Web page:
Today with modern communications methods of phone call, videos, photos, texting, emails, and television, it is so simply to have a record of what is said, done or created. However, for our ancestors their main instrument was the written word. It meant using ink, a quill pen, pencil and some form of paper (which varied over the years). Luckily many of these written documents including diaries, letters, journals, papers have survived the decades. Today, we can still read and comprehend what an ancestor was attempting to write. It makes you wonder if some 50 years from now, will future generations be able to read our digital emails or will there be no equipment to transfer that digital information.
Fortunately many of our ancestors did write on paper their experiences, adventurers, hardships, etc. for future generations. Dickinson College in Pennsylvania has amassed a collection of some 34,500 documents, letters, writings, etc. on a vast array of subjects. Most were written from the late 1800s into the early 1900s. They are titled “Their Own Words”.
Using digital technology the Dickinson College has created 22,000 full-text searchable page images which comes from 57 books, 13 pamphlets, 7 letter collections and 1 diary. Each page was scanned separate and then a transcript done on each paper. The collection dates back to 1764 through the 1800s and up to 1918. Those writing in their own words cover major historical events such as the American Civil War, industrial development, slavery issues, biographies, religion, politics, etc.
Begin the journey with the ‘search’ button at the top. Under author a writer’s name can be placed. Here is where you would check using some family surnames. However the best would be the ‘Search in Full-Text’ box. Here any name, subject, hometown, date, event of interest can be placed and all the transcribed papers will be searched.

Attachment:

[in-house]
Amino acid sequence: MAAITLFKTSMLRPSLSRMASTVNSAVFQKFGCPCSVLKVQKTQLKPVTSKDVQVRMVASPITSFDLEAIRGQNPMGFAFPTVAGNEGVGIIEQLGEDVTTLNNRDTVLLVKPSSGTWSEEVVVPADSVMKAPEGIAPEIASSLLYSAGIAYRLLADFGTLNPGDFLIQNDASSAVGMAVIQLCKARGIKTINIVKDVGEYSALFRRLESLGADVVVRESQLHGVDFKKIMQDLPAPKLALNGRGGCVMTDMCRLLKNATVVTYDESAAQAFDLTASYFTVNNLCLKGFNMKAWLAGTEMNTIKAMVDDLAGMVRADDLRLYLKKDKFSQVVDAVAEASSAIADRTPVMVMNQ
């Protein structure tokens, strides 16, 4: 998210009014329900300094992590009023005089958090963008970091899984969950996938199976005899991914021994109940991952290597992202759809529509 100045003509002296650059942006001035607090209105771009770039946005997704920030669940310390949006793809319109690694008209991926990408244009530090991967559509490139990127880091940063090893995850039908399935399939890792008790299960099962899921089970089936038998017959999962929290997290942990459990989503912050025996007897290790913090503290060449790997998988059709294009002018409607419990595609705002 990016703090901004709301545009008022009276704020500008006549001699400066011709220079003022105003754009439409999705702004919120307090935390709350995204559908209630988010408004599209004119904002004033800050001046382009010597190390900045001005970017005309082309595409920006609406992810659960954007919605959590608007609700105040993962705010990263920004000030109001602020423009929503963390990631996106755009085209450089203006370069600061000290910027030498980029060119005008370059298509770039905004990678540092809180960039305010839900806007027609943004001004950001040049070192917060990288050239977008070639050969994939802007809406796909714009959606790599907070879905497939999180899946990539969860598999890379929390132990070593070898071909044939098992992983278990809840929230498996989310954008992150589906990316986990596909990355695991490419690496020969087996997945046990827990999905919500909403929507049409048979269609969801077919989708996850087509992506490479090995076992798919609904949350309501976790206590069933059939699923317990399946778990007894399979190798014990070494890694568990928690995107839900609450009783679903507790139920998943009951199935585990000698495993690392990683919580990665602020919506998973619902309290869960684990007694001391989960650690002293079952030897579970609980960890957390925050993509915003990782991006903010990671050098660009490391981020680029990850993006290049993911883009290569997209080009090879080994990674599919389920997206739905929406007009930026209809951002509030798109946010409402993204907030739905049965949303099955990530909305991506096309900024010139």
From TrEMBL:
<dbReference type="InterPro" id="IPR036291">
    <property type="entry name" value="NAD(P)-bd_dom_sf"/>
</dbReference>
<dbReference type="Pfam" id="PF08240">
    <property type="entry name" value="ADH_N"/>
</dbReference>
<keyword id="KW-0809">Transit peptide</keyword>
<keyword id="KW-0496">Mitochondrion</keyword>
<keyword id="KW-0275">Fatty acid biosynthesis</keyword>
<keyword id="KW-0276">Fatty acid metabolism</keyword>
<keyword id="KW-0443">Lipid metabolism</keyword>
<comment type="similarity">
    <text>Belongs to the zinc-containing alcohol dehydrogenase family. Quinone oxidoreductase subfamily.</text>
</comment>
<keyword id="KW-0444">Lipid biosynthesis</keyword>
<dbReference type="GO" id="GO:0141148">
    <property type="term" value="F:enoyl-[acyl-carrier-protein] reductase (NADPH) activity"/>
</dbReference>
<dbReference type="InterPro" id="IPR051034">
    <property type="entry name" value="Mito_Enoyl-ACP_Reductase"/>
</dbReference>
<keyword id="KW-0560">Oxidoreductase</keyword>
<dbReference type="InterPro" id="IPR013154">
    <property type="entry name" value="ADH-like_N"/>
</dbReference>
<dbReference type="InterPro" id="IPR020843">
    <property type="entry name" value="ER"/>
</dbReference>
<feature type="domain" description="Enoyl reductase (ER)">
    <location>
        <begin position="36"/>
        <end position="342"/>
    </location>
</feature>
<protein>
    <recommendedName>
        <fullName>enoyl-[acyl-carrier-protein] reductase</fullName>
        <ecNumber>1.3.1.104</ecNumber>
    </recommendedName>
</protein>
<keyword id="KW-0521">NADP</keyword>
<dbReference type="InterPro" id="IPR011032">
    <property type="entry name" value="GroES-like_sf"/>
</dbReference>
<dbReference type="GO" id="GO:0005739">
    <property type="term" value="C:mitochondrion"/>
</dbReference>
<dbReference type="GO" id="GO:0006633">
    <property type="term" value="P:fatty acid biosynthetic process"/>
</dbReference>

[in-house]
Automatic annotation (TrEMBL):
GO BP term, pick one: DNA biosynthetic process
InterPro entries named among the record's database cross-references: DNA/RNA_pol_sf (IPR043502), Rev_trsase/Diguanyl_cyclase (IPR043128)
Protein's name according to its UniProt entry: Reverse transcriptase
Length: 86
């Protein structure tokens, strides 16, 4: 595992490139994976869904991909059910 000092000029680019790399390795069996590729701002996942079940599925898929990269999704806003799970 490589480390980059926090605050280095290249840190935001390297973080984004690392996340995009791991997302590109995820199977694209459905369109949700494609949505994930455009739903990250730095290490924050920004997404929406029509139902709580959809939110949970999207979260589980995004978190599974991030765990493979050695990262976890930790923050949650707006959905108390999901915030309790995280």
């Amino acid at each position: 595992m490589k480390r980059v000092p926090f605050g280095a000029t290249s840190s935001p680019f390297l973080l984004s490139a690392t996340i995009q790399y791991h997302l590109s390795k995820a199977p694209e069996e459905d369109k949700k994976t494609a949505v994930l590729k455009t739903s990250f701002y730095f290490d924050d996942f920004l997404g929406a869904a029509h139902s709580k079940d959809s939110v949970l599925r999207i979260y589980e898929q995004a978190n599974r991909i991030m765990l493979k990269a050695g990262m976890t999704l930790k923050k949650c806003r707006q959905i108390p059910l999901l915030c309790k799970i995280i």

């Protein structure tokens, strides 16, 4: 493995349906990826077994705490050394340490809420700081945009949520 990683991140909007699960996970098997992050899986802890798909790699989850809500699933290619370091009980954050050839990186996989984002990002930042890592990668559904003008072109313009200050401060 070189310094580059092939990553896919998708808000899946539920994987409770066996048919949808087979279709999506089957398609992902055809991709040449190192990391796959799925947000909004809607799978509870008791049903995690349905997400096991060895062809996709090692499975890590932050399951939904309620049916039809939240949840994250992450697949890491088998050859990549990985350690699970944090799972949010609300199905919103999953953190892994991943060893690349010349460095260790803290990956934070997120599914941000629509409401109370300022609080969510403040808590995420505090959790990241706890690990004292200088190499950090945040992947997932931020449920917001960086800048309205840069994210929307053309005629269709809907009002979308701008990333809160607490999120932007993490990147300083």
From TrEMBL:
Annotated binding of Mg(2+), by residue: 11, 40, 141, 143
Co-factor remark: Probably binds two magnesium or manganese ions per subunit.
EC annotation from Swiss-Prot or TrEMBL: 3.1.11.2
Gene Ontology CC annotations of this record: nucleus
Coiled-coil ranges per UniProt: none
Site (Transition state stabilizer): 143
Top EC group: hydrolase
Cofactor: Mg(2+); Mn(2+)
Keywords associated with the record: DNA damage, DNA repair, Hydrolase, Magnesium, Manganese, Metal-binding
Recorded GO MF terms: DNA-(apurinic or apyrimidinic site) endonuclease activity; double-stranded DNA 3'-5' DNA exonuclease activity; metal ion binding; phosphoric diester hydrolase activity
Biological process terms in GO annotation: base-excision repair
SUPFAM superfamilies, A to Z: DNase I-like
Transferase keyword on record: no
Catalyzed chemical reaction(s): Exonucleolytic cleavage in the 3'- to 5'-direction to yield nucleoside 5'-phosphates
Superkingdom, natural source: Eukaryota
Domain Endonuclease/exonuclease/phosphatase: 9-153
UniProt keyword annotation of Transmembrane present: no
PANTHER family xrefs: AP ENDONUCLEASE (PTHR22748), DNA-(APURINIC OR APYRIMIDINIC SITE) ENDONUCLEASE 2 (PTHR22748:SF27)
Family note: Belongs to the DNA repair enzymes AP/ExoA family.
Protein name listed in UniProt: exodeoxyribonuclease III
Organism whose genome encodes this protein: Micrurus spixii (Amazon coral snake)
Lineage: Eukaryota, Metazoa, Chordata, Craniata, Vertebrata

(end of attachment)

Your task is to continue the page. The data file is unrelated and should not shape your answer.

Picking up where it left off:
For anything found, each will be listed with a page number, a date and some with a brief summary written. Click on each page number. First you will see the scanned original page. It might be easy to read or it might be difficult. Go the the drop down box on the left and select ‘page description’ then press ‘go’ for the transcription. Keep in mind it can be hard for a skilled transcriber to figure out what was written plus the writer’s spelling may have been different compared to today.
With some of the material from printed books, those will be easier to read. Here a book has been scanned, all the pages from cover to end will be included and in order. Just click on the page number to the left. Some scanned pages can also be enlarged or rotated to view easier.
Since much of the collection is from writers in the Pennsylvania and neighboring states, there won’t be much from places like California, Florida or Michigan. It is worth reviewing to see if any material has survived from an ancestor.< Return To Blog Boy, do I know this surname story! Believe it or not, there are just about as many Yateses in the world as Smith and Jones. And, I have three Smith lines too. Ugh! I\'ve (sometimes ulscnsoioucny) tried all the methods you cited and it\'s so true for all of them. Good post Elyse!Carol Yates Wilkersonb4s last [type] ..